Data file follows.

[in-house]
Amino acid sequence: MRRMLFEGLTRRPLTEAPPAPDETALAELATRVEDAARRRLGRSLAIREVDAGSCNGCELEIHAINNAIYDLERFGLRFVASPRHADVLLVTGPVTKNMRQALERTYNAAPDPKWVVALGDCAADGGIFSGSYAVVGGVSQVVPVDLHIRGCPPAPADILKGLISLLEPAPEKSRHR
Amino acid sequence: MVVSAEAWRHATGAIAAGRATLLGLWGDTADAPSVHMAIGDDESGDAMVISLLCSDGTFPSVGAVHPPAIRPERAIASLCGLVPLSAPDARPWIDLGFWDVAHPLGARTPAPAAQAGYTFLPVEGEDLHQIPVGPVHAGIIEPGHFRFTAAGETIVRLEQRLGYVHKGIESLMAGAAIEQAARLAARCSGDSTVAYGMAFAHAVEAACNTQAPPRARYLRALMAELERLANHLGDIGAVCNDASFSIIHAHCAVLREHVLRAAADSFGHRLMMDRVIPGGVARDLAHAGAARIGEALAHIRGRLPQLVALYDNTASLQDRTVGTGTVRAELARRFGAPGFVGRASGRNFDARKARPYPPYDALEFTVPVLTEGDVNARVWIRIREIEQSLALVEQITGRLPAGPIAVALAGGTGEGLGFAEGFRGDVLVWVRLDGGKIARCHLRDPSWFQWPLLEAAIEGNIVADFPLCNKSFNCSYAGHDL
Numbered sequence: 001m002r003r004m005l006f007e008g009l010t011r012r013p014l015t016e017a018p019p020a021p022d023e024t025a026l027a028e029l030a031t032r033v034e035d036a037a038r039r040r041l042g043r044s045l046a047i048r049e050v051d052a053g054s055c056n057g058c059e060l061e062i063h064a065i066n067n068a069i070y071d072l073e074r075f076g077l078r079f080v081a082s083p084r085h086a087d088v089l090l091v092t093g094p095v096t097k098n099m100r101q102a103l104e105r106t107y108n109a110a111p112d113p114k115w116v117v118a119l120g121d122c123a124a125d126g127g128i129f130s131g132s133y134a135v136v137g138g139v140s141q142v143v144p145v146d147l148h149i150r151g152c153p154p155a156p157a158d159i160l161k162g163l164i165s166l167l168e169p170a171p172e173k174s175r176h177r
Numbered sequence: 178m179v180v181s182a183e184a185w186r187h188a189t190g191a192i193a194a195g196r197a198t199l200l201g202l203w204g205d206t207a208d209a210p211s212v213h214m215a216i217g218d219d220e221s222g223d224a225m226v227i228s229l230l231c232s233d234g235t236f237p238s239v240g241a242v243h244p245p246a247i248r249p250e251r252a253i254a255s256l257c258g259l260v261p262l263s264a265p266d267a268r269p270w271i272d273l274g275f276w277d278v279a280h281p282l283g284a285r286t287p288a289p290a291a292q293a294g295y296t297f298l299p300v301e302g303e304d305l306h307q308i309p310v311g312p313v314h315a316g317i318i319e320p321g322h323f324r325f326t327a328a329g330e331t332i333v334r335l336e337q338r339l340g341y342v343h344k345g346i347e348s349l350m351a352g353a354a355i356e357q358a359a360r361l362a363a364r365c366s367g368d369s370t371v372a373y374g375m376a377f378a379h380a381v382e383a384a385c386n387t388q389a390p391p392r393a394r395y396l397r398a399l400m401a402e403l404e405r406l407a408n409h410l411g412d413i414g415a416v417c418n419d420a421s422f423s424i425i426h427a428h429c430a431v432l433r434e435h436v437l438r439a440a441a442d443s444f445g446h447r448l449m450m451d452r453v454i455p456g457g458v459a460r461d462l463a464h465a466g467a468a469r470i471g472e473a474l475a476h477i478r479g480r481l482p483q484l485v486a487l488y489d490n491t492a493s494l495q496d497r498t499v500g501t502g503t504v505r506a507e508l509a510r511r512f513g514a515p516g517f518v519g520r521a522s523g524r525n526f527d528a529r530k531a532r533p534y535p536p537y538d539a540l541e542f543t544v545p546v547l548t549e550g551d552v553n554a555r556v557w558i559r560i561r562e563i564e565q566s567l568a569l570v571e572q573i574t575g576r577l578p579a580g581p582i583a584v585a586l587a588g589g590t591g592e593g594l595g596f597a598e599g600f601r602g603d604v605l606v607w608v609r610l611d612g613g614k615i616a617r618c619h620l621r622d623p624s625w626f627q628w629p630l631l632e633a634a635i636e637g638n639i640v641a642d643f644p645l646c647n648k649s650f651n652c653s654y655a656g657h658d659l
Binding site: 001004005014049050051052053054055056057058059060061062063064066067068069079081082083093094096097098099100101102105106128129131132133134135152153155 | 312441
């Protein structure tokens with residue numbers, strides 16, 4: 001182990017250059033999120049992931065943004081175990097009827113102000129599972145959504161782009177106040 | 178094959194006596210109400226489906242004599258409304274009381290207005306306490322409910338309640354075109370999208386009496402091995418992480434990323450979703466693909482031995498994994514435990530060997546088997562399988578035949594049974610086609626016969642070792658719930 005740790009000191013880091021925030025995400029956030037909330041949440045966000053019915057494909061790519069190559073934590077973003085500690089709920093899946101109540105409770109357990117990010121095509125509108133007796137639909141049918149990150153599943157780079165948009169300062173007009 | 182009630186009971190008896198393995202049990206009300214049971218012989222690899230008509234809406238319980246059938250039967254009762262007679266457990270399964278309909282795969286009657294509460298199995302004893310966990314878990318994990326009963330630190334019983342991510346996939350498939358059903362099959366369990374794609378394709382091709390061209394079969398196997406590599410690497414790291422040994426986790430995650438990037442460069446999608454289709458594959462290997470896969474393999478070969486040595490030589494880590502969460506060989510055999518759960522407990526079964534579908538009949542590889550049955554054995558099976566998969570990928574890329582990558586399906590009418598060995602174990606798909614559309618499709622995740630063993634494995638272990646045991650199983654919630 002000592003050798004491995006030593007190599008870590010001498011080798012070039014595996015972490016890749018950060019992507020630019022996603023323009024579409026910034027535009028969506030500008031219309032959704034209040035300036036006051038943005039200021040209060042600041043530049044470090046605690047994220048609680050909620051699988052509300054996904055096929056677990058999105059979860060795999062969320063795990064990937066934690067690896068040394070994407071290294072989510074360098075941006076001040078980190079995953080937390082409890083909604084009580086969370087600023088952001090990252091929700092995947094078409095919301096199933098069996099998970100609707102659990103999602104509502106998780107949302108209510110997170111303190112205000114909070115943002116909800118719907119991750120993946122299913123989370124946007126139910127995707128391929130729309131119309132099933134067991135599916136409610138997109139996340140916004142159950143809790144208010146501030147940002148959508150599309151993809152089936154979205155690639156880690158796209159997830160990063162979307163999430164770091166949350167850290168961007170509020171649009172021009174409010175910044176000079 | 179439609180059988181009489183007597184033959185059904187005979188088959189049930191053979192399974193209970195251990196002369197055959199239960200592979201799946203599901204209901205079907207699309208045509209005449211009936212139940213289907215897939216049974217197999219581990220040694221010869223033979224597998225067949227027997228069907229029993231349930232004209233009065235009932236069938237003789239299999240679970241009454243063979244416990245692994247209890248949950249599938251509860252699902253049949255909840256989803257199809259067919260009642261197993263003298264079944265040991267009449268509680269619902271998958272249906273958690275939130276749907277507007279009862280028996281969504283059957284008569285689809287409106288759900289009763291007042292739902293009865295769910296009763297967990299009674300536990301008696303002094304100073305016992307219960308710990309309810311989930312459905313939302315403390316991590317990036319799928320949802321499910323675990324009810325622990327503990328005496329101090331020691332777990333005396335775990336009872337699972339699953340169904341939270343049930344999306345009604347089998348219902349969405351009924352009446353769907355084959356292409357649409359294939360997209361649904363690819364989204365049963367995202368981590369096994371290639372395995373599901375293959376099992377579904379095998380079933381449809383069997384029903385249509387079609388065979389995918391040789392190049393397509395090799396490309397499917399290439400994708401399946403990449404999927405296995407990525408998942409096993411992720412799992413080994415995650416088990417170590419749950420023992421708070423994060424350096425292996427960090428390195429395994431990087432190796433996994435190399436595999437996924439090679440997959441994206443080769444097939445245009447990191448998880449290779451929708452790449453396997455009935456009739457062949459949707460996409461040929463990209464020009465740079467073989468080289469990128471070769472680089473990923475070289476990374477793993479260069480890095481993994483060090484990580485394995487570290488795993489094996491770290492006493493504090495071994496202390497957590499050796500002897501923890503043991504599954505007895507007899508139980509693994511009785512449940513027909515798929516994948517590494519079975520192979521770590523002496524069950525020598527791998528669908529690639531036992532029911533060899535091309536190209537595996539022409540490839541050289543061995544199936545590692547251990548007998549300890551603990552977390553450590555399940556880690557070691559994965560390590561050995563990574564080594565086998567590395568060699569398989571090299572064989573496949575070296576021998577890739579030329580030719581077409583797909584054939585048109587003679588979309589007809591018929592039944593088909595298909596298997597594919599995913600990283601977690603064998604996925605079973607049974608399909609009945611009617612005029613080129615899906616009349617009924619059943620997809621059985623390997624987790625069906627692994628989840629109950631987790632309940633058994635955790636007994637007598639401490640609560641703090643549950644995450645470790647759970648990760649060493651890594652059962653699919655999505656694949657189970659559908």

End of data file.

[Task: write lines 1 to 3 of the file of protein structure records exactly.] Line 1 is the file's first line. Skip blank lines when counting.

[in-house]
Amino acid sequence: MRRMLFEGLTRRPLTEAPPAPDETALAELATRVEDAARRRLGRSLAIREVDAGSCNGCELEIHAINNAIYDLERFGLRFVASPRHADVLLVTGPVTKNMRQALERTYNAAPDPKWVVALGDCAADGGIFSGSYAVVGGVSQVVPVDLHIRGCPPAPADILKGLISLLEPAPEKSRHR
Amino acid sequence: MVVSAEAWRHATGAIAAGRATLLGLWGDTADAPSVHMAIGDDESGDAMVISLLCSDGTFPSVGAVHPPAIRPERAIASLCGLVPLSAPDARPWIDLGFWDVAHPLGARTPAPAAQAGYTFLPVEGEDLHQIPVGPVHAGIIEPGHFRFTAAGETIVRLEQRLGYVHKGIESLMAGAAIEQAARLAARCSGDSTVAYGMAFAHAVEAACNTQAPPRARYLRALMAELERLANHLGDIGAVCNDASFSIIHAHCAVLREHVLRAAADSFGHRLMMDRVIPGGVARDLAHAGAARIGEALAHIRGRLPQLVALYDNTASLQDRTVGTGTVRAELARRFGAPGFVGRASGRNFDARKARPYPPYDALEFTVPVLTEGDVNARVWIRIREIEQSLALVEQITGRLPAGPIAVALAGGTGEGLGFAEGFRGDVLVWVRLDGGKIARCHLRDPSWFQWPLLEAAIEGNIVADFPLCNKSFNCSYAGHDL